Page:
Apart from some onions and garlic which are overwintering, some packs of seeds left over from last year plus some from a recent ebay purchase we decided to see what else we could get, so another trip to Shannon’s was in order. We want to give a big shout to everyone there for their help, they’ve been great! When we were there they were well busy with everyone having the same idea as us to get seeds and plants in before the lockdown. They still had a good bit of stock left, so we bought a couple of big bags of compost, a large bag of seed spuds and a couple of packets of cut and come again lettuce. We know it’s early in the season and yes we’re taking a chance with the frost but the weeks will fly by and it’ll be summer before you know it, so we’ve started sowing now.

We’re working from home at the moment so we can now spend an extra hour daily (1-2pm) in the garden. As you can’t go out to get anything (and most places where you could are closed anyway) we’re utilising what we have stored away like the palettes we were given years ago now in use as raised beds and plastic cloches, window frames and the upside down terrarium thrown out for the binmen as frost protection. The latest thing is a roll of black material that was bought to put down before our decking was laid. It’s now in use as some sort of weed suppressant, frost protector come soil warmer for the early seed spuds that we put in. All we did was weigh it down with stones on top of the soil and cut an X in the material with an old bread knife and popped the spuds in. We put some soil on top of the hole that the spud will eventually grow through as extra protection. It’s a case of whatever we got, we’re going to use!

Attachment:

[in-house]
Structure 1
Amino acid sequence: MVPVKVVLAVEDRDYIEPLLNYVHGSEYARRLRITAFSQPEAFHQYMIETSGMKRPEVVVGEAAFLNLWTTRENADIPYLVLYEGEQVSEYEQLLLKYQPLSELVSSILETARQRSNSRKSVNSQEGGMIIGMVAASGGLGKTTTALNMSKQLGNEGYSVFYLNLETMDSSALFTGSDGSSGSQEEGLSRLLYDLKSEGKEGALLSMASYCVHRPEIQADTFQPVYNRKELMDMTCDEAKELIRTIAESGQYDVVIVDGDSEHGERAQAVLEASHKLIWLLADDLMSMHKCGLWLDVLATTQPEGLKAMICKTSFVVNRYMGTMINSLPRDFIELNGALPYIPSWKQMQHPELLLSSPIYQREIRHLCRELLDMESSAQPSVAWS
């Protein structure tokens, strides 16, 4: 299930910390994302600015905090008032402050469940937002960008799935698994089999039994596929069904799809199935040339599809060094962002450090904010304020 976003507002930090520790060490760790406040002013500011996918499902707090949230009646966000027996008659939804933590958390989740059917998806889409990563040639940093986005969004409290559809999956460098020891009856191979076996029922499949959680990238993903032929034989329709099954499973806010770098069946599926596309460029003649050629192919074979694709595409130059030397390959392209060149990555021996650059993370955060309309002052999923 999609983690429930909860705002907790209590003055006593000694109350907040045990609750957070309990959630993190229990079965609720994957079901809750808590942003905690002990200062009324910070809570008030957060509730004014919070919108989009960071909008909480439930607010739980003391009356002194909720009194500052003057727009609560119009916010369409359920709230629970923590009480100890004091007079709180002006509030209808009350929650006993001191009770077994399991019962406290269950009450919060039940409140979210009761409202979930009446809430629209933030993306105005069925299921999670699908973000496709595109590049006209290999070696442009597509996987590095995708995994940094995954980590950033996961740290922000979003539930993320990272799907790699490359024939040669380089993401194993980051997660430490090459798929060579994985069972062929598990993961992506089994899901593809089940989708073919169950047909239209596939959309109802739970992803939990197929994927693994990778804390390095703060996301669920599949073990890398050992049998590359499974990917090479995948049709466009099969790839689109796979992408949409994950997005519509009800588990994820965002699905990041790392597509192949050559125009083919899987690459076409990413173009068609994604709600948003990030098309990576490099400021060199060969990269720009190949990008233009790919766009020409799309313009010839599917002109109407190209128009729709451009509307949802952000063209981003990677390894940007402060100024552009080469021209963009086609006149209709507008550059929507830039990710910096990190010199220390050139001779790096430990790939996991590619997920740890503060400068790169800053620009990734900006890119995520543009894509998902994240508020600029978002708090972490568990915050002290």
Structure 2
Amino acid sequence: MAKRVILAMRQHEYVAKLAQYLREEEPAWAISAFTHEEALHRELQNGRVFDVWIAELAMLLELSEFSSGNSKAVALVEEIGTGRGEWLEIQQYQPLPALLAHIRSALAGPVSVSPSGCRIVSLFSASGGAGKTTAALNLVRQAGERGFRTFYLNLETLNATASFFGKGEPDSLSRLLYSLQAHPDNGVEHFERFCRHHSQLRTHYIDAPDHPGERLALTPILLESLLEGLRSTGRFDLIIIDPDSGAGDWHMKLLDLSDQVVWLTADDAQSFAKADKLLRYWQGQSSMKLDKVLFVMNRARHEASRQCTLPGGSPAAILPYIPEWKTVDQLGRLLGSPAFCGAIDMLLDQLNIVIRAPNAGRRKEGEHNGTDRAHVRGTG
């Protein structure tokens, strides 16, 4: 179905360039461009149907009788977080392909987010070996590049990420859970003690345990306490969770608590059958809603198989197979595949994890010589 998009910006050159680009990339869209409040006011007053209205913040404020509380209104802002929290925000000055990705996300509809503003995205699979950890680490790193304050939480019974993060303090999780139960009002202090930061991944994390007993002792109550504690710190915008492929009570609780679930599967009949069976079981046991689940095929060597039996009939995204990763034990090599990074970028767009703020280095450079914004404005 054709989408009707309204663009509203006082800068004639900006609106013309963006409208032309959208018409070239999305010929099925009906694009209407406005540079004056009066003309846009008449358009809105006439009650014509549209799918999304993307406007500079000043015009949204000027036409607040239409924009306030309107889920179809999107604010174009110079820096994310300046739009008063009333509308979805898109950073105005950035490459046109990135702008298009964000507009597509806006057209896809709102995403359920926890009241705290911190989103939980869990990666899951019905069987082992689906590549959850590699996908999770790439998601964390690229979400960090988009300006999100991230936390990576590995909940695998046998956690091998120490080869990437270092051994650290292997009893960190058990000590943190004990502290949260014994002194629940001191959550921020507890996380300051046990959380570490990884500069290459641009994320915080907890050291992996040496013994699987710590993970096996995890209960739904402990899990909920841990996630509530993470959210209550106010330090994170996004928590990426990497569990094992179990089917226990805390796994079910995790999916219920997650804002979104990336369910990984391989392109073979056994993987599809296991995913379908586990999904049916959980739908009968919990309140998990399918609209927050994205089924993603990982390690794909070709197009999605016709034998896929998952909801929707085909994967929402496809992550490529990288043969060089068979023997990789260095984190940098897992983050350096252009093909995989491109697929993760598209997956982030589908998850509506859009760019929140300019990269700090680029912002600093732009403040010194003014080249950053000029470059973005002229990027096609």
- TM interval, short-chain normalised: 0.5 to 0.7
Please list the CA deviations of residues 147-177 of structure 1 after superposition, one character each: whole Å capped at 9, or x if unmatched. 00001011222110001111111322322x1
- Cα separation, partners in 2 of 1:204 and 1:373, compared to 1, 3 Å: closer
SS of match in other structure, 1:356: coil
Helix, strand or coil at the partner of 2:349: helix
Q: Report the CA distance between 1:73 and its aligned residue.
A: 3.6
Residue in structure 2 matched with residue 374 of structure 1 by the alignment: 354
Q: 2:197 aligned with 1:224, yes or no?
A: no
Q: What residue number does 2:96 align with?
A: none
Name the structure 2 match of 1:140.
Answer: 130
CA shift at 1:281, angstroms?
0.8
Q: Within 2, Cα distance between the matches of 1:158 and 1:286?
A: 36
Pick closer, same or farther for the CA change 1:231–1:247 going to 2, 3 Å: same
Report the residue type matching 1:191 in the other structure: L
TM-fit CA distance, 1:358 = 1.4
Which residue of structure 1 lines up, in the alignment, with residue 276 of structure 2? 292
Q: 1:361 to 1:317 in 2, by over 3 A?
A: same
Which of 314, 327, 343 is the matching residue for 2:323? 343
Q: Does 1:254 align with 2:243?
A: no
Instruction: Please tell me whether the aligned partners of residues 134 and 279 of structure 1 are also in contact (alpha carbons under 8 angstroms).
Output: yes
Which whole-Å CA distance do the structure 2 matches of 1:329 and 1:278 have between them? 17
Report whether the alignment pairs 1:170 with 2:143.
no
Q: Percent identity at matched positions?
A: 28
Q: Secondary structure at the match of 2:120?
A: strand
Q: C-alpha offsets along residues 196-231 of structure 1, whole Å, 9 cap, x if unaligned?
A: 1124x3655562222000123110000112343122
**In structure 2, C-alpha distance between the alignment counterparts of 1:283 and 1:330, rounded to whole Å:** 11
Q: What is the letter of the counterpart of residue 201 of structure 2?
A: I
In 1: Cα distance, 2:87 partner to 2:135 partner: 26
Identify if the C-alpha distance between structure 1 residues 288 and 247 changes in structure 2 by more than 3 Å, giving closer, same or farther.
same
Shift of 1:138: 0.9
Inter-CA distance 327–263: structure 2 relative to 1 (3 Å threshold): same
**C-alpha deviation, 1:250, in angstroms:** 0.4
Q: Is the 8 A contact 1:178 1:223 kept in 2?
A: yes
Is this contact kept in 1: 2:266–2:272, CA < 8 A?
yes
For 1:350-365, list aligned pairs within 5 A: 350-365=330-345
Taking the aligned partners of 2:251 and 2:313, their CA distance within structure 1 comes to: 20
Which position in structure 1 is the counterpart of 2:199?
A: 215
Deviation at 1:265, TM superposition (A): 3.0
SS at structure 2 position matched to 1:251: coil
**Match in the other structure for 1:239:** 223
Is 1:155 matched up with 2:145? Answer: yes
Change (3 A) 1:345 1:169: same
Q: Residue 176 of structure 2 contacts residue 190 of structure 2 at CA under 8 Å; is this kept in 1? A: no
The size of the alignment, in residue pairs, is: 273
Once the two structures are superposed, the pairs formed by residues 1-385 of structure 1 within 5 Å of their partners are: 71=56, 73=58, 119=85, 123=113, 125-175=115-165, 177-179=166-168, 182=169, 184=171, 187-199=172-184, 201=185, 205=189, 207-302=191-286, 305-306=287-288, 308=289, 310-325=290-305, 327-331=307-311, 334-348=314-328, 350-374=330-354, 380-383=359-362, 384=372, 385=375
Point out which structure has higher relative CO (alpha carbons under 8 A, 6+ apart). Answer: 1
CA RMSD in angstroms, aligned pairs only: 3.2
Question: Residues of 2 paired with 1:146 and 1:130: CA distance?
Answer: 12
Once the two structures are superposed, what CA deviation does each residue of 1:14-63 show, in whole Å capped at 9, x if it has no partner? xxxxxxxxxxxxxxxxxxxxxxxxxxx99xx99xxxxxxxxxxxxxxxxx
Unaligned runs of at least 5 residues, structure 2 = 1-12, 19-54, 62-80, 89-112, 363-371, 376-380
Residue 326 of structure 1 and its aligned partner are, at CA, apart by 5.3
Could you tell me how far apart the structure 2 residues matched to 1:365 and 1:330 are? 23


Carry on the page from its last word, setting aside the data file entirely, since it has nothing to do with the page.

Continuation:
And it’s only been a month that we sowed those cut and come again lettuces we got free with the Kitchen Garden Magazine (post here) on the back windowsill and they’re well on the way to start eating! The tomatoes and pepper seedlings are growing too. The sooner you sow the sooner they’ll be ready to eat but remember to protect against those frosts!